Changes to the Endangered Species Act (ESA) are passionately argued across the full spectrum of public opinion. Perhaps more than any other environmental statute, it has historically pitted the rights of the individual against the right of government to protect species from extinction.
The July 1 decision clarifying the key word “significant” caused the same uproar. Environmentalists said the change would reduce protection while sportsman argued that the act was far too controlling. The Notice of Final Policy summarized the clarifications:
We, the United States Fish and Wildlife Service (FWS) and the National Marine Fisheries Service (NMFS) (collectively, the Services), announce a policy to provide our interpretation of the phrase “significant portion of its range” in the Endangered Species Act’s (Act’s) definitions of “endangered species” and “threatened species.” The purpose of this final policy is to provide an interpretation and application of “significant portion of its range” that reflects a permissible reading of the law and minimizes undesirable policy outcomes, while fulfilling the conservation purposes of the Act. This final policy provides a consistent standard for interpretation of the phrase and its role in listing determinations.
The definition of ‘significant’ now reads:
A portion of the range of a species is ‘significant’ if the species is not currently endangered or threatened throughout all of its range, but the portion’s contribution to the viability of the species is so important that, without the members in that portion, the species would be in danger of extinction, or likely to become so in the foreseeable future, throughout all of its range.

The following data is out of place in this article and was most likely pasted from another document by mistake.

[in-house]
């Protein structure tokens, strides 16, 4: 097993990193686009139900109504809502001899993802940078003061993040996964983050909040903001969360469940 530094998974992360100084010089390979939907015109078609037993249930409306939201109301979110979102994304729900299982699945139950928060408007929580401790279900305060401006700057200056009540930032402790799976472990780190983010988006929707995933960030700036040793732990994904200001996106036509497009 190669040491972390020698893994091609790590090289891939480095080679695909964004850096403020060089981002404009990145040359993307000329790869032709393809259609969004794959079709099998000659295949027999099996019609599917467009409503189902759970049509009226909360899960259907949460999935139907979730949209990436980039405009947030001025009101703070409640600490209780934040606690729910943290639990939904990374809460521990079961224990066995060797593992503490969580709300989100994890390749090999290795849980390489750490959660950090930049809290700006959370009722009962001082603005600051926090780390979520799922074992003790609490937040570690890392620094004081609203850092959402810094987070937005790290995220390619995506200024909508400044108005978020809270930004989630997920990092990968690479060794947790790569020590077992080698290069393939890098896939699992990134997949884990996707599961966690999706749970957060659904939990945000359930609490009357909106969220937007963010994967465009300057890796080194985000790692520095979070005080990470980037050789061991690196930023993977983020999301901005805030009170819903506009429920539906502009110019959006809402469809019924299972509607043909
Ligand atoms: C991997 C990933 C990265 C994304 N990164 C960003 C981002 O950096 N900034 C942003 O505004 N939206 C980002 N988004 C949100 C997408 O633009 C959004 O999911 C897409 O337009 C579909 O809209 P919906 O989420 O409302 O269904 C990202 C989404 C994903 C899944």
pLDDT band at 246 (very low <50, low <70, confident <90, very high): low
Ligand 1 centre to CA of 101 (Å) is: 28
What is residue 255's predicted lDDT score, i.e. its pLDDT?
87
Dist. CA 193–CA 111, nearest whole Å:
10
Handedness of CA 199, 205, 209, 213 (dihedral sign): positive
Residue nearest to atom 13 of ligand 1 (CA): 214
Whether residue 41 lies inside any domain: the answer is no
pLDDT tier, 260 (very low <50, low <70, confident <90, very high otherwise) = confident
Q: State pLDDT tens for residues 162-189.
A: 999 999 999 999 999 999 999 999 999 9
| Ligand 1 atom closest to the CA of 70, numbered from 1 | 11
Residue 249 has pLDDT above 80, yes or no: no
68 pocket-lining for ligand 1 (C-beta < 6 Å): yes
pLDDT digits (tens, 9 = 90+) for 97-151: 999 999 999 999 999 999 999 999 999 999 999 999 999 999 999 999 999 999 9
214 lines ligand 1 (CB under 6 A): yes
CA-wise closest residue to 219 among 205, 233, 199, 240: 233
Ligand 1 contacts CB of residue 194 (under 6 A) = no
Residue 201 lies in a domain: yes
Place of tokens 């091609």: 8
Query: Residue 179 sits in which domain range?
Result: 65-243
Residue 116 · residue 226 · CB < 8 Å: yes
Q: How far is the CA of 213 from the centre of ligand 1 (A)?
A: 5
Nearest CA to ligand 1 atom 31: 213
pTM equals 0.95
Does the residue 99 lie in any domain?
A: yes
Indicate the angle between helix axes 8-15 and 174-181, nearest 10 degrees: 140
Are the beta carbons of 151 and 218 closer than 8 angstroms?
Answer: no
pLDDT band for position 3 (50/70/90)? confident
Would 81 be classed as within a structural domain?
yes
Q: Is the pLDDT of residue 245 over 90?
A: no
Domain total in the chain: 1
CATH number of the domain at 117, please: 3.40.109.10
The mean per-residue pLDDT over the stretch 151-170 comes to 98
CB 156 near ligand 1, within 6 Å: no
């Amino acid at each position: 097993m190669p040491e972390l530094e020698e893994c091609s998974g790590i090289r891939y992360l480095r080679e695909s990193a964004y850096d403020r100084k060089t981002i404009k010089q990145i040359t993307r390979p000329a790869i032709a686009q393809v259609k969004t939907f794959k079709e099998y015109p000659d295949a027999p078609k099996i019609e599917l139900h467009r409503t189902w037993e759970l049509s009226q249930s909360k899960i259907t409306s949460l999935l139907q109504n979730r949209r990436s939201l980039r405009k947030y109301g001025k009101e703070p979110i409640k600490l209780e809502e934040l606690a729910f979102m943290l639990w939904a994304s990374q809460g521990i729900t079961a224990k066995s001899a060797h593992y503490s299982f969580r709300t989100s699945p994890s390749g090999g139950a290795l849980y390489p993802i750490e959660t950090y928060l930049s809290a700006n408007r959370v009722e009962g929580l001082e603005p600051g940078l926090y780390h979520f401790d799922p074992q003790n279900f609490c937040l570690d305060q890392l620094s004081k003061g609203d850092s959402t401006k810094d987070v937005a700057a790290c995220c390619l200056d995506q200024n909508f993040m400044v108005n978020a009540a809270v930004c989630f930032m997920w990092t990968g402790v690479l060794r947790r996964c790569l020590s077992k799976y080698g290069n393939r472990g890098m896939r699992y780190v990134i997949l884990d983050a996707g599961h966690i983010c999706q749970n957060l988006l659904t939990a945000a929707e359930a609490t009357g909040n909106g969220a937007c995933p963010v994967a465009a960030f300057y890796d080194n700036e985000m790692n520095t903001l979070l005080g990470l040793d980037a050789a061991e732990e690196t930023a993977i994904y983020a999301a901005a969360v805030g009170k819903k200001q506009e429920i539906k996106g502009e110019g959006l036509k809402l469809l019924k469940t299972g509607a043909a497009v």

Some environmental groups are concerned that the changes will make it difficult for new species to be listed under the ESA. The interpretation now requires that a population be necessary to the survival of the entire species in order to be considered for listing, unless it is considered to be a Distinct Population Segment (DPS). Therefore, groups are worried that a population in danger of extirpation, or local extinction, may not be protected. In addition, the ESA will not cover historical ranges of species making it difficult to protect naturally reintroduced populations listed as extirpated since their survival is not necessary for the survival of the species.
Sportsman groups are concerned that the changes increase federal control and endanger the culture of rural Americans. One opinion article claims that opposing organizations care more about ending hunting and trapping than saving wildlife. Another article published by the Albuquerque Journal calls for a solution that incorporates the needs of wildlife as well as the humans affected economically by the ESA.
Species may become endangered due to human impact, predation by or competition from invasive species, and natural cycles. On July 18th one ocelot, representing 20% of the highly endangered male breeding population, was struck and killed after becoming stuck on a Texas roadway. On July 8th, two species of gartersnake were declared threatened due to predation and competition with introduced nonnative species like bullfrogs and sportfish. The month of July marks the battle to negotiate the manatee’s reclassification, although proponents for their protection say that a single red tide could kill 800 individuals.
As our relationship with the environment grows and evolves, continual changes will be needed to represent our current position.